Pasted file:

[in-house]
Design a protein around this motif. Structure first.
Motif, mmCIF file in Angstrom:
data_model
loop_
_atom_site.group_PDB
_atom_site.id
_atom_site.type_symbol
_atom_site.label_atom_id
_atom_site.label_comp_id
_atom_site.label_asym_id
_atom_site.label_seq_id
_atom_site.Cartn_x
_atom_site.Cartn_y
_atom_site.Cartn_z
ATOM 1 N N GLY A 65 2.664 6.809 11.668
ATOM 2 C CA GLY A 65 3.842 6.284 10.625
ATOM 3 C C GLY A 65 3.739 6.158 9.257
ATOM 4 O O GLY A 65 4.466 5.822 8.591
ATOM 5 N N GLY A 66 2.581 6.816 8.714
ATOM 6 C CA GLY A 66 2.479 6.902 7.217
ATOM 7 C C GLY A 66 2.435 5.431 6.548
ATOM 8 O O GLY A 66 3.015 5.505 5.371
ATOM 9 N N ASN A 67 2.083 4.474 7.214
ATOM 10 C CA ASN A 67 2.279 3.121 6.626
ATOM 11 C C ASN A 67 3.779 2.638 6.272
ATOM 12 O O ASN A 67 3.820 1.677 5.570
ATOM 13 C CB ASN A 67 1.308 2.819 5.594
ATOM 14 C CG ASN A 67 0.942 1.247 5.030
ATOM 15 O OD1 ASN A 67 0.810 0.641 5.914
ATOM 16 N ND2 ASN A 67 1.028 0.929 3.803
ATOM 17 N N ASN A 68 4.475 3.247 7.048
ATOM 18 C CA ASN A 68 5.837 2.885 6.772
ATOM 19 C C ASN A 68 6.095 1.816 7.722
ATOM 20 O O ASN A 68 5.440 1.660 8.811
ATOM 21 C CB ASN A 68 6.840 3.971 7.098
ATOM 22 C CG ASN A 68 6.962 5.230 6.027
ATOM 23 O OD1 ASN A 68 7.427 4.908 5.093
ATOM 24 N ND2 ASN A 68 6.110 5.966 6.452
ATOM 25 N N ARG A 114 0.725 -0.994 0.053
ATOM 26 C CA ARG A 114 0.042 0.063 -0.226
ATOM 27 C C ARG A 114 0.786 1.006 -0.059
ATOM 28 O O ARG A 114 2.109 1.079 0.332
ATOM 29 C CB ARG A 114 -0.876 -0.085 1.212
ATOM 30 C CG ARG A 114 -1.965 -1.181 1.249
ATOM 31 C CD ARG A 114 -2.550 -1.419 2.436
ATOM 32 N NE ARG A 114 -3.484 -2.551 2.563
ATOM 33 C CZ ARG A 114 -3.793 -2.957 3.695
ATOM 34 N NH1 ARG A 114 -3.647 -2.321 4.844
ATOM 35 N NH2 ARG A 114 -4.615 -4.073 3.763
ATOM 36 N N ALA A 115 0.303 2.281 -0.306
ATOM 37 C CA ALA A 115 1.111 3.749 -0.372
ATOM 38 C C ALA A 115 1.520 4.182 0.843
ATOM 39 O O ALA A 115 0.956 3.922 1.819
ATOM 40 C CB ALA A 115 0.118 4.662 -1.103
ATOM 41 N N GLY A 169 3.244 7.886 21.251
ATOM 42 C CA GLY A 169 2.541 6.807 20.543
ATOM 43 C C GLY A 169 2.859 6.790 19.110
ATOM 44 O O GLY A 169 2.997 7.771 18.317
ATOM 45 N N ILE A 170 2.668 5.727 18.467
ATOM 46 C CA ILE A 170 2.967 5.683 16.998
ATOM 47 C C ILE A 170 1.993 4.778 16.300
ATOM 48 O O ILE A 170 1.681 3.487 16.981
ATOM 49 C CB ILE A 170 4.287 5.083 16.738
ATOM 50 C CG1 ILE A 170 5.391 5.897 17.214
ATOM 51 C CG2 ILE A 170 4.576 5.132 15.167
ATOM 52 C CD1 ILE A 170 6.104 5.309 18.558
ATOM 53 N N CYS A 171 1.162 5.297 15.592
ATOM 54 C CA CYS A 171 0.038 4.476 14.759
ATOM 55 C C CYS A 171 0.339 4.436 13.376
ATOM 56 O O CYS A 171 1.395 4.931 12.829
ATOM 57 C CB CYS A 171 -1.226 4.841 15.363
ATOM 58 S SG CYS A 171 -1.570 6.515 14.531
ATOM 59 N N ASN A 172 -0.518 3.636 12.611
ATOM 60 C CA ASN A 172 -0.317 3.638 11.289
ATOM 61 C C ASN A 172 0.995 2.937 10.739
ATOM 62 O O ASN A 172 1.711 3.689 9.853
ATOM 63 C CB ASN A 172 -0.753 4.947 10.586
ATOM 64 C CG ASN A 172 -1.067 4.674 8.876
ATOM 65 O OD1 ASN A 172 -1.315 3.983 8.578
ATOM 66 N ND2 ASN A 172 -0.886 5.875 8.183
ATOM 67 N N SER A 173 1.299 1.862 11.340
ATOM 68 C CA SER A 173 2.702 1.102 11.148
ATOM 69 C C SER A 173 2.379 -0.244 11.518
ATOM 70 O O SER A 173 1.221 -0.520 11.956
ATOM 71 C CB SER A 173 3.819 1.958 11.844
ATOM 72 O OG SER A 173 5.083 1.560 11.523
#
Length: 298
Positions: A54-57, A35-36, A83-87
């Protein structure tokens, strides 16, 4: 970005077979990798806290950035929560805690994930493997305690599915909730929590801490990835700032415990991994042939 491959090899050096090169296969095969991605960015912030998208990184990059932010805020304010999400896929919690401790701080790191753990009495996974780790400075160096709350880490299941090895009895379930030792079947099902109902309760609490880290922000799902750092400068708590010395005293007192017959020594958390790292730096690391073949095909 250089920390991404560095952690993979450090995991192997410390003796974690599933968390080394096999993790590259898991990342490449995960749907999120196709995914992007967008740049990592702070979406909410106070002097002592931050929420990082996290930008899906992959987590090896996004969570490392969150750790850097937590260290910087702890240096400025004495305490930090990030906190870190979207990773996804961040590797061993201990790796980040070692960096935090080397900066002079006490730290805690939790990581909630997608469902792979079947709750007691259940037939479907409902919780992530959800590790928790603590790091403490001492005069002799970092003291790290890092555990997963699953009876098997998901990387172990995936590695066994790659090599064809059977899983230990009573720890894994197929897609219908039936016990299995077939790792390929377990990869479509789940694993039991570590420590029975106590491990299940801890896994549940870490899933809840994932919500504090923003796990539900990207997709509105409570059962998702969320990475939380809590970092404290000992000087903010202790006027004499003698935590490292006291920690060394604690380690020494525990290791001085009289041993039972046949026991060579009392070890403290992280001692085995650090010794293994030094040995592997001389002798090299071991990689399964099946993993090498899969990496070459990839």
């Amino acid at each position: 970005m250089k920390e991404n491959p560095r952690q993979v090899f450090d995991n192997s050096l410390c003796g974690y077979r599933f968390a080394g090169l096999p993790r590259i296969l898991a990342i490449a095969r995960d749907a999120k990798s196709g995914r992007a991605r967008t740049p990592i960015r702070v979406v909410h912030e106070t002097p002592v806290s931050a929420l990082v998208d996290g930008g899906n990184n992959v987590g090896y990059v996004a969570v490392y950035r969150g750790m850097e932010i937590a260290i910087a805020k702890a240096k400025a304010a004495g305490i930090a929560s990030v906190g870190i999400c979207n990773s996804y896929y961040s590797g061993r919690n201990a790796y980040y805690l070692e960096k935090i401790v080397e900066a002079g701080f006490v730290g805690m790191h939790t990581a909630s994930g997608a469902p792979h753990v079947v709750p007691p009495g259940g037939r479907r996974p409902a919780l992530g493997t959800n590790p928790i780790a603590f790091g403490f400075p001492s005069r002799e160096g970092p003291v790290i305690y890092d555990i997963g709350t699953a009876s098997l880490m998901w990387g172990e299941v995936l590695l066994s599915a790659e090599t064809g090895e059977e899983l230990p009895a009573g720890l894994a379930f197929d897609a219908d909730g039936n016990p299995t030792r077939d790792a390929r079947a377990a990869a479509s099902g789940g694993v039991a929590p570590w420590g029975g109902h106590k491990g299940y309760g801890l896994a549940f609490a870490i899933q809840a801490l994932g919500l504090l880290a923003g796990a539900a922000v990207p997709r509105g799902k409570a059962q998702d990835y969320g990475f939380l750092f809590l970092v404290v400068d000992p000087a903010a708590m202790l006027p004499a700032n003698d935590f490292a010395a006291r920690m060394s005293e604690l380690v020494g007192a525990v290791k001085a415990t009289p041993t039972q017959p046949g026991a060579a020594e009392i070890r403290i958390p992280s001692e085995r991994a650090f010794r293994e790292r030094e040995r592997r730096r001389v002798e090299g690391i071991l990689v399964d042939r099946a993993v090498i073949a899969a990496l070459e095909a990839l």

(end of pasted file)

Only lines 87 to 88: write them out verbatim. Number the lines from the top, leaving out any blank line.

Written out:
ATOM 72 O OG SER A 173 5.083 1.560 11.523
#